1. Another link to the Public Health Order (see above).
      2. A link to a similarly named but more detailed Roadmap to Recovery.  This is a 9-page PDF, revised May 7, 2020, that details Low Risk, Medium Risk and High Risk activities with color-coded guides to re-opening.  This document “outlines the criteria for reopening and the phases for lifting the stay at home order to guide critical decisions in support of the public’s health and well-being in the weeks and months ahead.”
      3. A link to a “press release about the amendment and roadmap.” The May 7, 2020 press release begins, “County Public Health Officer amends shelter-at-home order — low-risk businesses to reopen starting Friday subject to specific social distancing practices”.
        1. The press release announces “Starting May 8, 2020, low-risk businesses in Solano County may reopen providing they have implemented and maintain social distancing best practices for reducing the spread of COVID-19.” Acknowledging that enforcement will be near impossible, the document quotes Dr. Matyas, “Changes to lifting this order place a lot of responsibility on business owners, their staff and residents to make good decisions.”
        2. The press release states that “The FOX 40 News report and comments by Fairfield Councilwomen Moy are incorrect.”  That report (posted here on the Benicia Independent and subsequently removed), asserted that all Solano restaurants would be reopened by Friday, May 15.
        3. The press release announces the Supervisor meeting on May 12 when strategies for reopening medium-risk businesses will be considered, and links to “Details, including how to view and participate…included on the County’s website.” That link goes to a general page about Board of Supervisor meetings but with two new links:
          1. A bright red header box: “Solano County public meeting protocol in response to Coronavirus (COVID-19): CLICK HERE”. That page outlines how to access the live-streamed meeting, and how to submit public comments by email or phone.
          2. A link to Board Rules and Procedures, which goes to a 7 page PDF, the 2009 standing rules for Solano BOS meetings.

So yes, complicated.  I only hope this outline of the County’s new postings will help guide you to an understanding of the slow and careful openings that were passed by our Board of Supervisors on Tuesday May 5.  You, like me, might think it is still too soon to be opening these “low-risk” businesses.  And you, like me, might stay away from those businesses that do open.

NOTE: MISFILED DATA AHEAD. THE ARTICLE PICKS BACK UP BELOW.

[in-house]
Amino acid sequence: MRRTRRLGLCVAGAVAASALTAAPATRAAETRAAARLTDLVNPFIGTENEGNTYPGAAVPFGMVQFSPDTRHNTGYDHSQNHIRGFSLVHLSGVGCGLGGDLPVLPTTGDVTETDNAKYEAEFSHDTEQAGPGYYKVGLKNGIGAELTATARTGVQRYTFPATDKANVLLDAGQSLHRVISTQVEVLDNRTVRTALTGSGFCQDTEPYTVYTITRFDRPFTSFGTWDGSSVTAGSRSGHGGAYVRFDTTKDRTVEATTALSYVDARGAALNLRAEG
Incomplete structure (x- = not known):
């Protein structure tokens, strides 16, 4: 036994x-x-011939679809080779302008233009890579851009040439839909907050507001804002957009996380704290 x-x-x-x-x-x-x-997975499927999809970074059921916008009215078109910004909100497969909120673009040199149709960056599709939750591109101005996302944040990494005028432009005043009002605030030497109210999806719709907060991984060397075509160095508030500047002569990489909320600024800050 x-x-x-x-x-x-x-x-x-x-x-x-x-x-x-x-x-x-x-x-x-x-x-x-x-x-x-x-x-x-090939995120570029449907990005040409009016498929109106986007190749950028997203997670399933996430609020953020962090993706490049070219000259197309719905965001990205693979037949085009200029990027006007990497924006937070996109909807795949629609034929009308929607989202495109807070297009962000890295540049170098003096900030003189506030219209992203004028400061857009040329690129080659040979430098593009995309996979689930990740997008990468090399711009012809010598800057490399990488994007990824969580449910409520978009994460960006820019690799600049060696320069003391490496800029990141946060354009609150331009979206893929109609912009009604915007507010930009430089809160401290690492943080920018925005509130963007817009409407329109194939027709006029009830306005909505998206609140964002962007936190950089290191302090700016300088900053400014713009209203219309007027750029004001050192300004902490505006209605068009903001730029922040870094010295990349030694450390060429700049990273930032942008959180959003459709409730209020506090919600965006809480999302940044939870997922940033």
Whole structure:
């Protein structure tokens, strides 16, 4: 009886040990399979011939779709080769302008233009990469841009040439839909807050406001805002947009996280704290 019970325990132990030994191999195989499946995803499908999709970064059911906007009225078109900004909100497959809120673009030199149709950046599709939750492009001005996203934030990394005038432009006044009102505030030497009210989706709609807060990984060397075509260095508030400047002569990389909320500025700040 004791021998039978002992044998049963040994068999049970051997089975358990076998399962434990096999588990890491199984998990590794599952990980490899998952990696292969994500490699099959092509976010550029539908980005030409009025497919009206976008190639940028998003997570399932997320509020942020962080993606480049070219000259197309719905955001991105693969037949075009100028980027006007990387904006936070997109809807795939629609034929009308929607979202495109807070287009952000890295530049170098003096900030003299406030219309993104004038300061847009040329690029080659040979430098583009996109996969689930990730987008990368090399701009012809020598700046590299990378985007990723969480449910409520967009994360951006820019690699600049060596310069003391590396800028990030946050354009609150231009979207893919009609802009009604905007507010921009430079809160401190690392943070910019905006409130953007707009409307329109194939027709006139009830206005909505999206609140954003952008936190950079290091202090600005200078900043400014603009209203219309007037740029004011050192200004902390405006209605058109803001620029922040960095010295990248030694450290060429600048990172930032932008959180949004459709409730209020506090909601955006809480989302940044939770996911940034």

Let’s all hope the County does NOT open “medium-risk” businesses when it considers the matter next Tuesday, May 12.  Consider attending or sending in your comment.  From the County press release: “The strategy for minimizing risk and the timeline for reopening of medium-risk businesses are still being reviewed and will be discussed further with the Solano County Board of Supervisors at their meeting on Tuesday, May 12, 2020, starting at 9 a.m.  Details, including how to view and participate, are included on the County’s website at www.SolanoCounty.com/BOS.”

Solano County Public Health allows some businesses to reopen today (May 8)

“In Solano County, there is a great deal of confusion about what is actually happening.”

Coronavirus Bay Area: Solano County to reopen some retail stores for Phase 2

ABC7 News, By J.R. Stone, Thursday, May 7, 2020 11:00PM

SOLANO COUNTY, Calif. (KGO) — Some Solano County businesses will reopen on Friday. The county public health officer gave the go-ahead just after 8 p.m. Thursday night. The order is similar to that of the Governor’s that takes effect Friday across the state.

Solano is one of just four local counties that are loosening restrictions. Napa, Sonoma, and Santa Cruz Counties are also taking action to make changes.

In Solano County, there is a great deal of confusion about what is actually happening.

“I asked what businesses over here gonna open up?” That question came from Bertha Thomas and every single other person we talked with on Thursday in Solano County. The health officer here is allowing low risk businesses that include clothing retail stores, pet grooming, florists, offices and parks.

Currently some businesses like Michaels are doing curbside service but the health officer says he fears curbside, which is part of the state recommendations, could be more dangerous due to the already long lines.

Because of that, businesses can open inside providing they have social distancing policies and post their plan so customers can see it.

“Yeah it’s confusing but you have to just deal with it,” says Timothy Payne of Vallejo.

And some are ready to deal with it. Especially the youngsters.